” Tiberius Sempronius Gracchus,
    And his ol’ mate ; Fulvius Flaccus,
    Tried to distribute the land,
    But that capitalist band.,
    Cried; “My God!..They’re trying to dak us!”

    The lecturer didn’t think much of my humour either…now why is that?


    Joseph Carli. ‘Bring in many more working-class politicians’. How do you define ‘working class?’ For Marx the defining characteristic is class consciousness.Those who are workers in a subordinate relation to the means of production were first proletarians without a working-class consciousness. It is not until the proletariat acquires class consciousness that the proletariat becomes ‘working class’. For other analysts, it is merely an objective definition determined by income levels etc and this is the one commonly circulated by anti- socialist Australian politicians. Hence, under that definition any one who works for a living is ‘working class’. However, many are blue collared but many of those have no class consciousness at all and are, in effect, petite borgeoisie or proletariat with a false consciousness and have, as they see it, some sort of investment in the continuation of the current system. Alf Garnet from the TV series ‘Till Death Do Us Part’, played so well by the great English actor Warren Mitchell, is the great fictional example of the proletariat in false consciousness. John Howard’s ‘battlers’ would also be counted among those as would many One Nation supporters. So Joe, how do you define ‘working class?’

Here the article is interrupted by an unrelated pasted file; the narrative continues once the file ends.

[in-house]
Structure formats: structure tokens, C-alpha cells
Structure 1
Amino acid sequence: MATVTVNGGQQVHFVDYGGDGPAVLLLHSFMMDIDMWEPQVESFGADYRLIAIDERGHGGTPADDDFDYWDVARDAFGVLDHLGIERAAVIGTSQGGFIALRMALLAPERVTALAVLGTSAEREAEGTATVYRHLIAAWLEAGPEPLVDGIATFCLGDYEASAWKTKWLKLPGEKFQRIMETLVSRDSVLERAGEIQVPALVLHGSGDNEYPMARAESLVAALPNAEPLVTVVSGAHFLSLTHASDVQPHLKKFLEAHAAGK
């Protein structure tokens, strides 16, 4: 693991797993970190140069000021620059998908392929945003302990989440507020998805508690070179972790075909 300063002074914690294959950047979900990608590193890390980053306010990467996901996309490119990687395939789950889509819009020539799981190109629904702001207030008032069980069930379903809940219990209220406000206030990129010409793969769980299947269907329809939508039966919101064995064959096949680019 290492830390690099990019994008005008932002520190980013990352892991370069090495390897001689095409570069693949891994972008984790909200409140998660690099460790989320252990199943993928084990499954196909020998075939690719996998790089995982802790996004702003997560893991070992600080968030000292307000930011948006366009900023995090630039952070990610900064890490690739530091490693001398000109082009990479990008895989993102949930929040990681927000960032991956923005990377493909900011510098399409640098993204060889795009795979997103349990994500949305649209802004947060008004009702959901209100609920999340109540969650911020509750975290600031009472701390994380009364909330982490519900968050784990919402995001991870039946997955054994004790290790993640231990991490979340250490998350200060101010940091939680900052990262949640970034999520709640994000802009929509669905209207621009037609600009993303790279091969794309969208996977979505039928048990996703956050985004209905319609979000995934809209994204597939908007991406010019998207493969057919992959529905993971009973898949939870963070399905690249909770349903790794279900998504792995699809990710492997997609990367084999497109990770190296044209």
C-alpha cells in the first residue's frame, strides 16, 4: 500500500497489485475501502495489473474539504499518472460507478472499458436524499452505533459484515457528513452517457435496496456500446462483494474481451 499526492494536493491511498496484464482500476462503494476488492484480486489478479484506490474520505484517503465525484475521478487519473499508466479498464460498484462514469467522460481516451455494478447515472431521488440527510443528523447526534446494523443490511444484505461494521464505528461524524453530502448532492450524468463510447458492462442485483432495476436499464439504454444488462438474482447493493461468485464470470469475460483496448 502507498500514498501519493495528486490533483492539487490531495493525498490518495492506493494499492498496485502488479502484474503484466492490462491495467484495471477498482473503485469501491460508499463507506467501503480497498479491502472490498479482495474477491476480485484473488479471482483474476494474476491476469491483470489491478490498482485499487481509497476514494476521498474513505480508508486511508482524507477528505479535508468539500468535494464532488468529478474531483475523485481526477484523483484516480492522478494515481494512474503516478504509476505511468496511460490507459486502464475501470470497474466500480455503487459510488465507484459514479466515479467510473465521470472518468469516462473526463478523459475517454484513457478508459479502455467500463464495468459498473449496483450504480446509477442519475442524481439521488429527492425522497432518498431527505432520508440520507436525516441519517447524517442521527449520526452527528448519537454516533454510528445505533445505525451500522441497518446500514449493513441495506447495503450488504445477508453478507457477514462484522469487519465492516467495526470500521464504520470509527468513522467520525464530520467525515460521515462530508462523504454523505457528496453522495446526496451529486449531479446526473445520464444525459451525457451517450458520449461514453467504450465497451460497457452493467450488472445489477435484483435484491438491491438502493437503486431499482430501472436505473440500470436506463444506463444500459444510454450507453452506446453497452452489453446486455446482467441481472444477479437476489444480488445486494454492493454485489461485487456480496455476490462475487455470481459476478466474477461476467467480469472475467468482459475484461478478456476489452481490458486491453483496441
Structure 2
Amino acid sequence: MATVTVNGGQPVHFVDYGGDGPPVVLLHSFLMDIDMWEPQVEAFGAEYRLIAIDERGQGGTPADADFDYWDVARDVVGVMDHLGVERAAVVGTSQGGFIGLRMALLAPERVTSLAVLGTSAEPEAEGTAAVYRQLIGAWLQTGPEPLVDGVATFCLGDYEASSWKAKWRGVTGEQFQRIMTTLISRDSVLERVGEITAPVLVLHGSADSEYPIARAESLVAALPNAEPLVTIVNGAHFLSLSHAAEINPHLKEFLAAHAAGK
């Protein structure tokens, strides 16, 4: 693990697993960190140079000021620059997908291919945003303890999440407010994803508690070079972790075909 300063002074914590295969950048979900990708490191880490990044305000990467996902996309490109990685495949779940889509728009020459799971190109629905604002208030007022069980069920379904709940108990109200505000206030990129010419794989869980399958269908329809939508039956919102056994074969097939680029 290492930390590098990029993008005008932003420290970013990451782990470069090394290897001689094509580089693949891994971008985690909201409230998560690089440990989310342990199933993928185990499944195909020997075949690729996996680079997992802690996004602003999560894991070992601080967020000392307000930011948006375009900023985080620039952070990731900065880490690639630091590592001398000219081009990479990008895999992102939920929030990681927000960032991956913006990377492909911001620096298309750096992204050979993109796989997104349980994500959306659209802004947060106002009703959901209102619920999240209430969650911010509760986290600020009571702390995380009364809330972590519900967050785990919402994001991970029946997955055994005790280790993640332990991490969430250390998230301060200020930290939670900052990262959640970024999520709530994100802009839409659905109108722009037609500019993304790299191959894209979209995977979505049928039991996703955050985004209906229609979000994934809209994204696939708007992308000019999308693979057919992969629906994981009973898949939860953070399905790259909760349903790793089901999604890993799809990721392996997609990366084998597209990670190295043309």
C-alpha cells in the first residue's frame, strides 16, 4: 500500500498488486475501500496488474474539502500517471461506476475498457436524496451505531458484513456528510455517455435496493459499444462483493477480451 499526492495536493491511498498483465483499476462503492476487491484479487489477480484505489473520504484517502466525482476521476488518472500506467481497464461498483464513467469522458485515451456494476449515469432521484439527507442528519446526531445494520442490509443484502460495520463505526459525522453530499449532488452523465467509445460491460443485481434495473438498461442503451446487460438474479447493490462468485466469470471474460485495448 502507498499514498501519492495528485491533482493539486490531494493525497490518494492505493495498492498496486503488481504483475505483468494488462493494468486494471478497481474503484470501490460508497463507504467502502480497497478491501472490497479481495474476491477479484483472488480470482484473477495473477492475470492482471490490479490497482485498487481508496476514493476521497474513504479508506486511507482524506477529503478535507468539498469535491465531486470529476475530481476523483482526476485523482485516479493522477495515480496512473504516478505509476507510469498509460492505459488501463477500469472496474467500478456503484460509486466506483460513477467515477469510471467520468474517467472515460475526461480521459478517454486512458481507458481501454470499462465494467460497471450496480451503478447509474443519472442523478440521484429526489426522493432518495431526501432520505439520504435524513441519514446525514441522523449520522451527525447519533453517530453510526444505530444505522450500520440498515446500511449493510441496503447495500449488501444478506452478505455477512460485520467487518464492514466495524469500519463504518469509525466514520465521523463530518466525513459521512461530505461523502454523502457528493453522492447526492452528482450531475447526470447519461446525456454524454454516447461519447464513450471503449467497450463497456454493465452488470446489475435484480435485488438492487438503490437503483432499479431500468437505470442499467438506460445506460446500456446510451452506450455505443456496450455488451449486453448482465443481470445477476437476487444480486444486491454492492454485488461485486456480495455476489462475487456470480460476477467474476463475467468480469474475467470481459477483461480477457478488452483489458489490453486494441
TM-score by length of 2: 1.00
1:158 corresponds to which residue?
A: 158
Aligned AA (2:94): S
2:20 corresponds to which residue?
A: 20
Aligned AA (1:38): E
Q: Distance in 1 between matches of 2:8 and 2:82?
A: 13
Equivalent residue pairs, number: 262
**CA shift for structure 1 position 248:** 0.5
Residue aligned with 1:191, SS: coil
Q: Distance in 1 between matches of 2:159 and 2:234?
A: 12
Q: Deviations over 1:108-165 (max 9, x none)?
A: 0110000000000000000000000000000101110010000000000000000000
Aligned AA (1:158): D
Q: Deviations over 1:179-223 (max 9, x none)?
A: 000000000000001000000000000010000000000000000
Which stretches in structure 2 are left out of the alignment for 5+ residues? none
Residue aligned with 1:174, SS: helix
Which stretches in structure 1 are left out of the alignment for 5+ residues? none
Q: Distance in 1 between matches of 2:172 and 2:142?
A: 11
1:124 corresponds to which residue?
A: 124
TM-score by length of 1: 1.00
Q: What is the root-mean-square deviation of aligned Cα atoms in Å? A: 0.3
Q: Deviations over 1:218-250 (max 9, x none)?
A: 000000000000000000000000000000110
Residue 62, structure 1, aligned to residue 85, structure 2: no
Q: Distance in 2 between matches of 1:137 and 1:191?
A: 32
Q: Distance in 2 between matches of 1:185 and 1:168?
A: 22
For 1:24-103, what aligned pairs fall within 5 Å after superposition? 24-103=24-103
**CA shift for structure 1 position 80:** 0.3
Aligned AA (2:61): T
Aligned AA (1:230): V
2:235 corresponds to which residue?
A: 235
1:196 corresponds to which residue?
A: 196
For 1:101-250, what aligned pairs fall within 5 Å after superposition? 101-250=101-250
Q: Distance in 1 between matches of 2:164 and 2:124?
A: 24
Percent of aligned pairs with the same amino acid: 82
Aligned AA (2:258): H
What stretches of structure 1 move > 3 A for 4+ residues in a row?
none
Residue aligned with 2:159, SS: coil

11. Joseph Carli

    Jeeezus, OTMP…I bet you’d even argue about how many currants per square inch defined what was a slice of fruit loaf!…How would you differentiate the real women and children from the drag-queens and height-challenged when the captain shouted at the sinking of the ship ; “Right! she’s going down..into the life-boats..women and children first!”